Okanagan Symphony Orchestra – Melodic Spirits

Rosemary Thomson, Music Director


Melodic Spirits
A program of Masterworks by Beethoven, Mozart and Dvorak

With Special Guest Artist, Yi-Jia Susanne Hou, Violin

In Concert

Friday, March 2, 2012 8:00 pm at Kelowna Community Theatre, Kelowna
Saturday, March 3, 2012 7:30 pm at Cleland Community Theatre, Penticton
Sunday, March 4, 2012 7:00 pm at Vernon & District Performing Arts Center, Vernon

Ticket information:

Kelowna:     by phone, Ticketmaster at 1 855 985-5000, online at www.ticketmaster.ca, in person at Towne Centre Mall, 565 Bernard St.
Penticton:    by phone, Ticketmaster at 1 855 985-5000, online at www.ticketmaster.ca, in person at Wine Country Information Centre, 533 Railway St.
Vernon:    by phone, Ticket Seller at 250 549-7469, online at Ticketseller.ca, in person at Vernon & District Performing Arts Centre, 33rd St at 38th Ave.

Pricing:    Adult $48    Senior $42    Youth $22    Music Student $10


Concert Program:

Beethoven:    Overture to Egmont, Op. 84
Mozart:    Violin Concerto No 5 in A Major, K 219 “Turkish”
Dvorak:    Symphony No. 6 in D Major, Op. 60


Internationally celebrated violinist Yi-Jia Susanne Hou is the first ever violinist in history to capture 3 Gold Medals with unanimous decisions at 3 International Violin Competitions: Concours International Long-Thibaud (France, 1999), Lipizer International Violin Competition (Italy, 1999) and Sarasate International Violin Competition (Spain, 1997.)
Hou has collaborated with world-renowned Directors and Artists such as Mstislav Rostropovich, Pinchas Zukerman, Alan Gilbert, Cho Liang Lin, Vladimir Spivakov, Marcello Viotti, Marek Janowski, Lan Shui, Boris Brott, Robert McDuffie, Ralph Kirschbaum, Lawrence Dutton, Joseph Kalichstein, Alain Trudel, Bernhard Gueller, Gregory Vajda, Ling Tung, and Li Xin Cao, among others.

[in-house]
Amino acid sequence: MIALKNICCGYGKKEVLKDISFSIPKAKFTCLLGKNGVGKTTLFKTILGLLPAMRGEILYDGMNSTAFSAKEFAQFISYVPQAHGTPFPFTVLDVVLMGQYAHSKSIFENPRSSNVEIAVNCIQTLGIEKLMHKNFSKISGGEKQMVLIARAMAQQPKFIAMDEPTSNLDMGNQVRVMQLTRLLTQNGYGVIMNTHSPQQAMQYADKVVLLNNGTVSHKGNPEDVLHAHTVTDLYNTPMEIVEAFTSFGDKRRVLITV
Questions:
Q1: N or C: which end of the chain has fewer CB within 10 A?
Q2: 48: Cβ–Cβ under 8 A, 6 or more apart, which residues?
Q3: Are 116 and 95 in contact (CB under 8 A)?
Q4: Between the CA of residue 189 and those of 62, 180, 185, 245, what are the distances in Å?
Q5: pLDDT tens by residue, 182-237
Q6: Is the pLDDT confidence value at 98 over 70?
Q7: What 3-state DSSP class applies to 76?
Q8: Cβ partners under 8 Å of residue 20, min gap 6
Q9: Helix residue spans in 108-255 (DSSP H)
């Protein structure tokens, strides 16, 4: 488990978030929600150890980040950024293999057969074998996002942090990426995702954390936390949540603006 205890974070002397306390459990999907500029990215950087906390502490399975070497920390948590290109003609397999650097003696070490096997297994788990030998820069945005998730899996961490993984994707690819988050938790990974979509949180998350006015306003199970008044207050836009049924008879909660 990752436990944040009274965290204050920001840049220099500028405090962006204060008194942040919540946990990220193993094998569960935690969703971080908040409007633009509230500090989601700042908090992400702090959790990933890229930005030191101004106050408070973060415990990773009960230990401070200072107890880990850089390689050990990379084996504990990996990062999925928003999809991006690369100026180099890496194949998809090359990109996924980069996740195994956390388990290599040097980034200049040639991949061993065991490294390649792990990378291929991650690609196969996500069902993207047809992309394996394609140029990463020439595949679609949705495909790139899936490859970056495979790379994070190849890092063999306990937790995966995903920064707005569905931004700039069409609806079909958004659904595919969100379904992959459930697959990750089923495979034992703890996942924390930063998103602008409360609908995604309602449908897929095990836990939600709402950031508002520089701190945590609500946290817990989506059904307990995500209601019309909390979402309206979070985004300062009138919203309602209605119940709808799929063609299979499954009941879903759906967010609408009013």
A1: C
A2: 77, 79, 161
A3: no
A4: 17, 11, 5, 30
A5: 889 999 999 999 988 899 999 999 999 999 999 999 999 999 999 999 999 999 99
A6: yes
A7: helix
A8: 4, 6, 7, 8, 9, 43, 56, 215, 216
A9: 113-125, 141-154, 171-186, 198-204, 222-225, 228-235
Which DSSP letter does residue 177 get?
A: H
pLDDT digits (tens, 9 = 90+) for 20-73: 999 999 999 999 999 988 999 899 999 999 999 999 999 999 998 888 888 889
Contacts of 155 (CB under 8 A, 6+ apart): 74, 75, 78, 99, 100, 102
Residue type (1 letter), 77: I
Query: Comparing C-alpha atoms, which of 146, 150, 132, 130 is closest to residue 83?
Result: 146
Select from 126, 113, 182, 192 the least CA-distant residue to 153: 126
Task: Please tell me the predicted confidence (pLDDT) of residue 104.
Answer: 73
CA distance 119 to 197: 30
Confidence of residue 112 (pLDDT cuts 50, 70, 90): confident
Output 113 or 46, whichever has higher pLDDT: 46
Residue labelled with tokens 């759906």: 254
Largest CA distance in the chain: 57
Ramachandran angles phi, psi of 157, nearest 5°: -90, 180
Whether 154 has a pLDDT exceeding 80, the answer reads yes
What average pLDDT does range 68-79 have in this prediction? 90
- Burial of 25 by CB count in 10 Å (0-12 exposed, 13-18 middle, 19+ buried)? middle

Hou’s new music video ‘The Devil’s Delight’, produced by Rhombus Media just premiered on Bravo!TV; she also stars in a new documentary on the “Canada Council Instrument Bank”, A Rotating Planet Production which is Directed by Ari Cohen for Bravo!TV. She performed the violin solo in the Atom Egoyan film “Adoration” which won the Ecumenical Jury Prize at Festival de Cannes, featuring music composed by Mychael Danna. Hou was the subject of CBC’s ’The National’ Documentary: Shanghai Sensation, revisiting her childhood in Shanghai, with her father, Alec Hou, a renowned violin pedagogue in China. Hou has also been seen on PBS, Bravo! and the TODAY SHOW with BOWFIRE.

Hou has traveled the world, touring in Canada with Debut Atlantic & Prairie Debut, and throughout the United States, England, France, Germany, Italy, Spain, Slovenia, Croatia, China, Japan, Singapore, Indonesia, and Hong Kong. Her numerous solo appearances include the London Philharmonic, Orchestre Philharmonique de Radio France, Orchestre Nationale de l’Île de France, Orchestre Philharmonique de Monte Carlo, SWR Stuttgart Radio Symphony Orchestra, WDR Cologne, National Arts Centre Orchestra, Toronto Symphony, Vancouver Symphony, Chicago Sinfonietta, NHK Symphony Orchestra, Singapore Symphony, Hong Kong Philharmonic, Hong Kong Sinfonietta, Tokyo Philharmonic, Osaka-Kansai Philharmonic, Shanghai Broadcasting Orchestra, Czech National Orchestra, and Slovenia Radio-Television Orchestra. Festival appearances include the Aspen Music Festival, La Jolla Music Society, Grand Teton Music Festival, Rome Chamber Music Festival, Bordeaux Musique en Graves, and Amis de Mozart, among others.
At 17, Hou performed the most challenging pieces ever written for the violin: Paganini’s Twenty-four Caprices for Solo Violin, in live recitals in Toronto and Aspen. Ms. Hou has also performed all 10 of Beethoven’s Piano and Violin Sonatas in New York as well as the complete collection of Brahms Violin and Piano Sonatas and Piano Trios.